“For months now a debate has been raging in economic circles about the long-term unemployed. One group argues that the current unemployment rate, currently at 6.7 percent, is unrepresentative of the labor market because it doesn’t include the millions of long-term unemployed: discouraged workers who have left the labor market. The other side argues that the labor market has segmented—that those with jobs and the short-term unemployed compete for work in one labor market that is tightening, while the long-term unemployed compete in another where jobs are scarce.”
“A new Brookings Institute paper by Princeton economists Alan B. Krueger, Judd Cramer, and David Cho provides the strongest evidence to date that the latter group is correct. If so, the authors argue, then “a concerted effort will be needed to raise the employment prospects of the long-term unemployed.” In other words, Congress needs to act.”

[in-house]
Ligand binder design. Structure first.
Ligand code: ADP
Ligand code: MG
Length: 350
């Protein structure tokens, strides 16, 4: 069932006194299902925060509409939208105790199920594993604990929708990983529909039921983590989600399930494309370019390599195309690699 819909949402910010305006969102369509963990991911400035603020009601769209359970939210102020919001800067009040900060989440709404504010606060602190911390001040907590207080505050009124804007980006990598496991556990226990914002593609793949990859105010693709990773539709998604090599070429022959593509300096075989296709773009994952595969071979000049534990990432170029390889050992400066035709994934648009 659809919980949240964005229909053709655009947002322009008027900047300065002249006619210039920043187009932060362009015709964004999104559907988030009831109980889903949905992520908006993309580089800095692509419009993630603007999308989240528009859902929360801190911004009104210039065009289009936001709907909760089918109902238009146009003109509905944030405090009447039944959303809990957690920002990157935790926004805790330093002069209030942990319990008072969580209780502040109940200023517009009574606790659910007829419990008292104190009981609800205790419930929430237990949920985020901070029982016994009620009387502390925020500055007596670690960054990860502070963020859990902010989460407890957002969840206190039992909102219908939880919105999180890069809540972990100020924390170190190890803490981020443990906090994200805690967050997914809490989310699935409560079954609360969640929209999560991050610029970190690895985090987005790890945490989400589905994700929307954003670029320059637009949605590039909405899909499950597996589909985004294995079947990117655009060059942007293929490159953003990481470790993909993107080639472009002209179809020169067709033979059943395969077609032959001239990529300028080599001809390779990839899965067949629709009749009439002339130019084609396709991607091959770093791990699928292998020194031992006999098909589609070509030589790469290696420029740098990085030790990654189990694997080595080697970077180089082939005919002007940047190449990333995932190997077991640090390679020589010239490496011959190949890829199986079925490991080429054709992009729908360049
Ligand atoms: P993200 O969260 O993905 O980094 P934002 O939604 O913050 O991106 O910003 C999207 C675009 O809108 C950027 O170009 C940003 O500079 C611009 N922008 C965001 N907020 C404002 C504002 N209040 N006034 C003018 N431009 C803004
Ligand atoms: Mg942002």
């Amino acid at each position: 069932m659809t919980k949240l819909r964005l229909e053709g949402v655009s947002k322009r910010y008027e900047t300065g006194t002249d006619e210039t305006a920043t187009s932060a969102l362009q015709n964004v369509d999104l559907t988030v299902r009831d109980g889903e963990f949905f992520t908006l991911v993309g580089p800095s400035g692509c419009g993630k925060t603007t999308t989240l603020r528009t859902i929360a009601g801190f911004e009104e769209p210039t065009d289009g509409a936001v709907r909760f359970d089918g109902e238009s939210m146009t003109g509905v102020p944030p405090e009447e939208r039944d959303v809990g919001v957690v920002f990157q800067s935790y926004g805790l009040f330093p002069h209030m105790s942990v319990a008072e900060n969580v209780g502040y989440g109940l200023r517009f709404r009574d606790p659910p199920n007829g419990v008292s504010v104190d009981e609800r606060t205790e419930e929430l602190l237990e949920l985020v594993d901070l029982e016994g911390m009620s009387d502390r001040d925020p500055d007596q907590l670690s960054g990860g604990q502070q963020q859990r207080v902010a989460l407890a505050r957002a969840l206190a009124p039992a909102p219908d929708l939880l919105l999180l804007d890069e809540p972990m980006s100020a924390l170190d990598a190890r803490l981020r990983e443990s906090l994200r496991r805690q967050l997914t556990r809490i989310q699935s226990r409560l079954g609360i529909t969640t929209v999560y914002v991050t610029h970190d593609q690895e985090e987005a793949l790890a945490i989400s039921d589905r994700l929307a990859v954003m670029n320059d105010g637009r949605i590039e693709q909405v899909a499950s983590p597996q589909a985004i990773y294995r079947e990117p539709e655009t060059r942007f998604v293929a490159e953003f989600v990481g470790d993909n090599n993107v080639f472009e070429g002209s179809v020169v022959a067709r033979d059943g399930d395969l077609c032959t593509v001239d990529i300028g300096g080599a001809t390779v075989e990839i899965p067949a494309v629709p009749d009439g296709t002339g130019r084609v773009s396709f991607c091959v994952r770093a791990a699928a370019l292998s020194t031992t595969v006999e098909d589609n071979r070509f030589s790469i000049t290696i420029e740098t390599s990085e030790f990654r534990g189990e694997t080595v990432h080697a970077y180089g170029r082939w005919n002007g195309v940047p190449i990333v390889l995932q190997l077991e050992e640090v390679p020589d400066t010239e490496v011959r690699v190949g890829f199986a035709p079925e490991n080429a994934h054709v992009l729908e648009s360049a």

“The long-term unemployed can become disconnected from the labor market in two ways. The first is on the labor supply-side. As time goes by, the long-term unemployed become discouraged and their job search intensity drops. Eventually, they drop out of the labor force altogether. On the labor demand side, employers discriminate against the long-term unemployed and pass over their applications out of fear that their skills have atrophied. In either case, the labor market segments.”
Read full New Republic Article here.